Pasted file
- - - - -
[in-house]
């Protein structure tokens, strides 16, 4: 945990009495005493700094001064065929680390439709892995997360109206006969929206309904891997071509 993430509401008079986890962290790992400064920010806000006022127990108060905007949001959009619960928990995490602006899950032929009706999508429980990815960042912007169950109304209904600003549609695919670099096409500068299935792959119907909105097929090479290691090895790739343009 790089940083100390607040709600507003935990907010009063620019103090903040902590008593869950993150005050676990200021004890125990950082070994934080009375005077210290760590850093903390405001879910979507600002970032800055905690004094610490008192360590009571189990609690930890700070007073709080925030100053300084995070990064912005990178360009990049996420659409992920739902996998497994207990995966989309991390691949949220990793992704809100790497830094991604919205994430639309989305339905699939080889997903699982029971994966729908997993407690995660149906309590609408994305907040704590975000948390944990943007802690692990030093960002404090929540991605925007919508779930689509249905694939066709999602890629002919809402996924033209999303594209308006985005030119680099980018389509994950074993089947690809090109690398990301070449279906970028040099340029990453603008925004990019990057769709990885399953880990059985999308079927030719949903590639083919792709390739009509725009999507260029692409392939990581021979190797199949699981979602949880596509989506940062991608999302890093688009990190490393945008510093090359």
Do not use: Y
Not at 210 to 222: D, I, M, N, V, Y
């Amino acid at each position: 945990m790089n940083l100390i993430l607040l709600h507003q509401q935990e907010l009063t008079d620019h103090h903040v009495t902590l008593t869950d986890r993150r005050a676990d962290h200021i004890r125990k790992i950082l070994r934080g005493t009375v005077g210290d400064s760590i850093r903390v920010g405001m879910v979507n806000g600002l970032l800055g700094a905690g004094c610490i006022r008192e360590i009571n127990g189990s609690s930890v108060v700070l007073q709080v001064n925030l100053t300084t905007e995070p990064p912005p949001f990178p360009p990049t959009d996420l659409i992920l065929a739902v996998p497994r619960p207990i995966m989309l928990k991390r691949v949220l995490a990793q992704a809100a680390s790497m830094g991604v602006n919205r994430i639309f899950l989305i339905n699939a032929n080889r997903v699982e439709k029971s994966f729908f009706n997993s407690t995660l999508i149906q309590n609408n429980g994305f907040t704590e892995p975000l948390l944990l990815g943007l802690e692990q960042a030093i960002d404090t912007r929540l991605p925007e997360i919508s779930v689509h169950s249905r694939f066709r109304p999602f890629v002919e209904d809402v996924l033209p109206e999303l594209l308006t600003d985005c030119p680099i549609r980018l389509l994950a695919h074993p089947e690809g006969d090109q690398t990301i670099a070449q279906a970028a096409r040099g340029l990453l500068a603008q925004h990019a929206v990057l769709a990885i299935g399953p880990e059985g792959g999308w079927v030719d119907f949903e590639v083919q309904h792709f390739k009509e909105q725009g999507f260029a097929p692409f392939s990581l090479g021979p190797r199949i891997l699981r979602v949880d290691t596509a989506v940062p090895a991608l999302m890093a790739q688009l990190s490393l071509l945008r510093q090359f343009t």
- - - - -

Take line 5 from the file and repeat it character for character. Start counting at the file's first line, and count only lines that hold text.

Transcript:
């Amino acid at each position: 945990m790089n940083l100390i993430l607040l709600h507003q509401q935990e907010l009063t008079d620019h103090h903040v009495t902590l008593t869950d986890r993150r005050a676990d962290h200021i004890r125990k790992i950082l070994r934080g005493t009375v005077g210290d400064s760590i850093r903390v920010g405001m879910v979507n806000g600002l970032l800055g700094a905690g004094c610490i006022r008192e360590i009571n127990g189990s609690s930890v108060v700070l007073q709080v001064n925030l100053t300084t905007e995070p990064p912005p949001f990178p360009p990049t959009d996420l659409i992920l065929a739902v996998p497994r619960p207990i995966m989309l928990k991390r691949v949220l995490a990793q992704a809100a680390s790497m830094g991604v602006n919205r994430i639309f899950l989305i339905n699939a032929n080889r997903v699982e439709k029971s994966f729908f009706n997993s407690t995660l999508i149906q309590n609408n429980g994305f907040t704590e892995p975000l948390l944990l990815g943007l802690e692990q960042a030093i960002d404090t912007r929540l991605p925007e997360i919508s779930v689509h169950s249905r694939f066709r109304p999602f890629v002919e209904d809402v996924l033209p109206e999303l594209l308006t600003d985005c030119p680099i549609r980018l389509l994950a695919h074993p089947e690809g006969d090109q690398t990301i670099a070449q279906a970028a096409r040099g340029l990453l500068a603008q925004h990019a929206v990057l769709a990885i299935g399953p880990e059985g792959g999308w079927v030719d119907f949903e590639v083919q309904h792709f390739k009509e909105q725009g999507f260029a097929p692409f392939s990581l090479g021979p190797r199949i891997l699981r979602v949880d290691t596509a989506v940062p090895a991608l999302m890093a790739q688009l990190s490393l071509l945008r510093q090359f343009t």